An alternative guide to Barcelona
“Seventy-two roads is closed today,” the taxi driver remarks in his endearingly fumbling English as we trundle down back-alley diversions towards the beating heart of Barcelona. “It’s crazy! There is a – how you say?” I move to fill his linguistic lacuna; he brushes off my attempts. “A – a manifestación in town.” Despite dismissing my Spanish degree as a redundant, £9,000 relic, he has a point. Catalonia’s controversial referendum – which resulted in 90 per cent of voters choosing independence – has sparked a politically fraught moment for the region, leaving it teetering woozily on the brink of autonomy. To better understand the upheavals of the city’s present, we must delve into its past, which is exactly what I did during my Barcelona Premium tour of its lesser-known historical landmarks.
I stayed at the newly opened OD Barcelona, a minimalist haven decorated with geometric shapes and a palette of cool, slate-grey tones, complete with flowing spaces designed for open-plan living. This boutique hotel is situated in the Eixample district – a stone’s throw from the city’s largest shopping street, Passeig de Gràcia – making it the ideal spot from which to explore Barcelona.
My first agile sidestepping of tourist traps came courtesy of the Gran Teatre del Liceu, Europe’s largest opera house, which has presided over the bustling Las Ramblas boulevard since 1847. To the soundtrack of my guide’s well-informed insights, I roamed the magnificent Mirrored Salon, where the plush red velvets and modernismo style of the intimately lit private members’ club gave way to high-gloss marble, dripping crystals and hand-painted ceilings. The walls, which are lined with quotations on the power of music, have recently proved a point of contention among the locals because they are written in Peninsular Spanish, rather than in Catalan. It has even been suggested that this ornate, gold-adorned calligraphy should be removed, since it serves as a reminder of Castilian dominance. In fact, the Liceu has been swept up in the febrile atmosphere of pre-referendum Barcelona, inadvertently setting the stage for a pro-independence rally in its auditorium earlier this month. Tensions are certainly running high.
This iconic cultural centre strives to preserve its legacy while adapting with the times. To this end, the theatre has incorporated 21st-century technology to enhance its viewing experience, fitting every seat with a screen for subtitles in a choice of three languages. Having recognised that, for the uninitiated, opera can feel impenetrable, the Liceu ensures that an employee explains the plot of each production an hour before the performance, thereby encouraging a broader clientele to engage with the art form.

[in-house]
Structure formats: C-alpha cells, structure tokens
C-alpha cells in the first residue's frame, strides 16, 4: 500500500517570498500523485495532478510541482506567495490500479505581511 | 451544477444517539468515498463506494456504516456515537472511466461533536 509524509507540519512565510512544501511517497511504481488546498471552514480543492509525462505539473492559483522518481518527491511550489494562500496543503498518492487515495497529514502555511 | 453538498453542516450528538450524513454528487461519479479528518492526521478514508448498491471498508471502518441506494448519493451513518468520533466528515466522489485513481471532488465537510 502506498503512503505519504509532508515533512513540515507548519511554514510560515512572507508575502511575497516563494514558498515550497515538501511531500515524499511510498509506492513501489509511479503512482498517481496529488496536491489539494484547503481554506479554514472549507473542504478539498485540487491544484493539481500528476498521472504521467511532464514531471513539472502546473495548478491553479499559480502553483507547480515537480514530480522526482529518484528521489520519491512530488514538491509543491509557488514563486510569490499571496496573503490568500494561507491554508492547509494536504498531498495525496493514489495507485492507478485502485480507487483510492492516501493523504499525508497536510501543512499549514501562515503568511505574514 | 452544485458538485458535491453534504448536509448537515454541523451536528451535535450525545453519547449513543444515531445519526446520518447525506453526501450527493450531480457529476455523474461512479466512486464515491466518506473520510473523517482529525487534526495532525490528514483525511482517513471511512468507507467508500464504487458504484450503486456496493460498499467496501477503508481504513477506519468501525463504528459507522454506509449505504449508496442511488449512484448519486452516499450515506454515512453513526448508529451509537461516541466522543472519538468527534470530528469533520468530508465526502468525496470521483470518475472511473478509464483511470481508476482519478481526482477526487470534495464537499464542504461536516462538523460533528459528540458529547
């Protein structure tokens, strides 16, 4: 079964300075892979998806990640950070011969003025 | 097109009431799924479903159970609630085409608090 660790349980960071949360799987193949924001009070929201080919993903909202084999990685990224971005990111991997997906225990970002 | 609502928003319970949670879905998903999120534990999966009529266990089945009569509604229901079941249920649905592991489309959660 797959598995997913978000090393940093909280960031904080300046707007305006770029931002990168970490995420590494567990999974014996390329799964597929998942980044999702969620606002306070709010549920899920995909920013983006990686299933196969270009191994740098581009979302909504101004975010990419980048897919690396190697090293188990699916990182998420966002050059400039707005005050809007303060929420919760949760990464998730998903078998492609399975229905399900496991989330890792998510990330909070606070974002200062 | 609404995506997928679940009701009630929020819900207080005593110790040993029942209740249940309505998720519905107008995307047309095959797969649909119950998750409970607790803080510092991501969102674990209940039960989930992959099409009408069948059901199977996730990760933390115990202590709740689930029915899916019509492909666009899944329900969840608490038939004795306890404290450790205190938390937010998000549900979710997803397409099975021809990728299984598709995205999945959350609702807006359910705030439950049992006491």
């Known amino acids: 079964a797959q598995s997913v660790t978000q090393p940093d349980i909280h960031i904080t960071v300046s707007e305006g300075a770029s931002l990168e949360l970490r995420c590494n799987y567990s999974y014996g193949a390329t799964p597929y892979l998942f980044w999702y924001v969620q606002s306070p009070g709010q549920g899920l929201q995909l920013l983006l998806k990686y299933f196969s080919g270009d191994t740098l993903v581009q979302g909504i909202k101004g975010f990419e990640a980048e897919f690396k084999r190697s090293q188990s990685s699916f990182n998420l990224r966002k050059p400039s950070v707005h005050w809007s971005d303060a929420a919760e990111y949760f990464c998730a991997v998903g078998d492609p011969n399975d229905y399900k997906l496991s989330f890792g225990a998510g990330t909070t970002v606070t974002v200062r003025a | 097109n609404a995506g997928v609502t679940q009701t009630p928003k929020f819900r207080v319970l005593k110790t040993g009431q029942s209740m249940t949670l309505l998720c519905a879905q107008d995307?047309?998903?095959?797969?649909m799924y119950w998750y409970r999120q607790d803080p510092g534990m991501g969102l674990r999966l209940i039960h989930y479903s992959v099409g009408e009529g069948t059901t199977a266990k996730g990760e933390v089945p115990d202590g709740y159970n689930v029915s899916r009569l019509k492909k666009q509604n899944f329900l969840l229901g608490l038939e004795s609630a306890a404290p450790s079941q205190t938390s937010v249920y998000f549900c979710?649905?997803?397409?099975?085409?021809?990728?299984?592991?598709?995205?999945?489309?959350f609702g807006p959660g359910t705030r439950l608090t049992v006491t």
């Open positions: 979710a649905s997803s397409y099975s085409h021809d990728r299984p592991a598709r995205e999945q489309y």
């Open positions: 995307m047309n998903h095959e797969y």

Although most visitors tend to wander Barcelona on foot, chartering a luxury sailboat is the perfect way to gain a new perspective on this popular city-break destination. As night drew in, I abandoned the flag-swathed pathways and headed down to Port Olímpic to see the sun set, in a blaze of flamingo pinks, while bobbing languorously along the Mediterranean. The physical exertion of the skippers’ hauling, straining and knotting translated into our skimming sleekly across the water. Gliding towards the steadily darkening harbour, I watched cruise ships belching out passengers; the Columbus Monument stretching skyward; and Frank Gehry’s 56-metre-long fish sculpture reclining blissfully on the shore.
And, of course, would it really have been a trip to Barcelona if I didn’t see any Gaudí architecture? To save myself from the backpack-wielding tour groups of the Sagrada Familia, I ventured to the Torre Bellesguard, one of the craftsman’s most underappreciated works, tucked away on a secluded hilltop. The property – which was created to commemorate the last Catalan King – is still inhabited by the Guilera family, who, since 2013, have opened up their home to the public. Gaudí’s meticulous attention to detail is unparalleled. With the building’s façade, for example, the architect dedicated six months to separating rocks by colour in order to achieve the textured, mottled finish he had envisioned. The Moorish-influenced, mosaic-lined Bellesguard (meaning “beautiful views”), bears witness to the three strongest currents in Gaudí’s oeuvre: nature, religion and regionalism – the latter of which led to the maker’s arrest for refusing to speak the required Castilian to a police officer. My guide, Jordi, helpfully deconstructed the building’s pervasive symbols, offering detailed analysis of the significance behind its sharks, eyes and dragons. Pointing at the red and yellow stripes snaking around the tour’s turret, Jordi said, “This Catalan flag was painted grey during Franco’s dictatorship… Depending on the referendum result it may be covered again.”
At this historic turning point for Barcelona, it feels more important than ever to observe the beauty amid the turbulence, and to understand the brewing conflicts that have, for decades, been gradually severing Catalonia from the rest of the country. Do be aware that, if the central government decides that yesterday's referendum result was in fact constitutional, the city may no longer be a part of Spain by the time you set off…
OD Barcelona (+34 93 215 0899; www.odbarcelona.com), from about £154 a room a night B&B, depending on room type and season.
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